8. Gregory Kusnick said,

    May 23, 2016 @ 12:41 pm

    "Stone maintenance" would be an accurate summary of this company's services.

  9. Rebecca Robinson said,

    May 23, 2016 @ 1:00 pm

    SWINE, new fragrance, new woman.
    (on using English in Spanish advertising)

  10. bratschegirl said,

    May 23, 2016 @ 3:02 pm

    I'd assume "impregnation" refers to what I'm accustomed to hearing called "sealing," which has to be done periodically to granite kitchen/bathroom countertops. It involves spreading a liquid over the surface, allowing it to sink in, and then wiping off the remainder, in order to prevent spills from staining the stone. And FWIW, that's exactly what I would have assumed a company offering "stone service" might do, unidiomatic though it may be.

  11. ohwilleke said,

    May 23, 2016 @ 5:16 pm

    How different is this from calling a restaurant "Cafe Parisian". Or having an "Otaku Manga" (obsessive Japanese-style comic book fan) convention. Or to mix Greek and Japanese to have a "Mangaka Symposium" (manga writers panel). Or "Namaste Lorry" for a traveling yoga studio. I'm sure readers could come up with better examples than mine.

    A few short words in what is basically a proper name to give color isn't unusual.

  12. David Weman said,

    May 23, 2016 @ 5:44 pm

    Small businesses do this in most countries I would imagine. There's a perceived coolness factor, though not necessarily something that genuinly impresses customers.

    Multinational companies use English to establish an international brand. Small businesses use English a bit more haphazardly to feel more big time and maybe in cases like this one because it seems more official and authorative.

  13. AntC said,

    May 23, 2016 @ 6:46 pm

    L.A.: — plural "premier stone restoration company"
    U.K. — benchtops, per @bratschegirl

    But other Ghits for 'Stone Service/s' are either to do with gemstones, or service companies named "Stone" (proprietor).

    And yes, @TONY, 'Stone Solutions' are everywhere.

  14. Bob Ladd said,

    May 24, 2016 @ 3:17 am

    There's definitely a coolness factor involved here. English is trendy in Europe, more so in some places than in others. It seems pretty extreme in Italian, where even government is involved (the recent reform of the labour market was called the "Jobs Act", for example), but to one extent or another it seems to affect all of non-Anglophone Europe, and shops and small businesses often have English names or slogans. Of course, ohwilleke is right that Anglophone businesses sometimes do similar things, but mostly only if the foreign language is somehow relevant to the business (like "Café Parisien").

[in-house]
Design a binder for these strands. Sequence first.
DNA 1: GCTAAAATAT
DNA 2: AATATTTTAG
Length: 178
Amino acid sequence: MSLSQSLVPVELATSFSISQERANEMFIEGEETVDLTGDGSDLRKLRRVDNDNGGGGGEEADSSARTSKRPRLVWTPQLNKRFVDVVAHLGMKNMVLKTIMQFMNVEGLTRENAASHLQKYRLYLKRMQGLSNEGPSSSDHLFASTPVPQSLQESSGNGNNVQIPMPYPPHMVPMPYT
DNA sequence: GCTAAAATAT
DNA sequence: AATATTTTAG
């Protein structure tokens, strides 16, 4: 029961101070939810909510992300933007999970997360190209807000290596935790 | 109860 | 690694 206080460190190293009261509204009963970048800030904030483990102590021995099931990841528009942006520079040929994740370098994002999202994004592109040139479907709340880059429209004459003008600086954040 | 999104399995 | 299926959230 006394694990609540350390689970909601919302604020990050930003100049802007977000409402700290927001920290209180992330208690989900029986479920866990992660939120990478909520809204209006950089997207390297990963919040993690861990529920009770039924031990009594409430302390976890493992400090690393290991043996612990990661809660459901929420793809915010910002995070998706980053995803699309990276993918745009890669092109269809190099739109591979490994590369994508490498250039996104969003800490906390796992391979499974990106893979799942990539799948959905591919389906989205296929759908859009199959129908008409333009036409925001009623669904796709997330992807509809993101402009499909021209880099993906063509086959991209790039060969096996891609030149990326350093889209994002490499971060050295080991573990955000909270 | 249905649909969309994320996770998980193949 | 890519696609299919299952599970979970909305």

15. Boursin said,

    May 24, 2016 @ 1:33 pm

    Here in Finland, kivipalvelu 'stone service' is a common compound noun, and I can very easily imagine an enterprising one trying for a touch of class by translating it into English.

    But – for the vast majority of the businesses calling themselves a kivipalvelu it means a service supplying tombstones (hautakivi)! Besides this, however, Googling also reveals ones involved in jewellery (jalokivi 'precious stone'), stonemasonry (kivityö 'stone work') and, yes, stone servicing.

  16. Charles Antaki said,

    May 24, 2016 @ 4:38 pm

    Thank you Rebecca Robinson for the link to the Real Academia Española's video campaign to discourage the use of English loan words.

    The idea is to shows ads for products which are obviously ludicrous (a perfume called Swine, sunglasses though which you can't see) but have English names. The Spanish speaker is made to look a fool for failing for them.

    But the idea is still-born; English words are used precisely because the needs they fulfil are exactly not ludicrous. It's just that the Academia doesn't approve of them.

  17. PB said,

    May 24, 2016 @ 5:34 pm

    I agree with Elisabeth Elliott's and Bob Ladd's comments on the widespread use of English in European company names, advertising, consumer products etc. Here in Switzerland, I wouldn't at all be surprised by a "Stone Service" company. For example, looking into my cleaning cupboard, I see a glass cleaner named "Super Clean", another cleaning product promising "Turbo Power", gloves with a very large "MULTI USE" (plus "quality product") lettering on the package…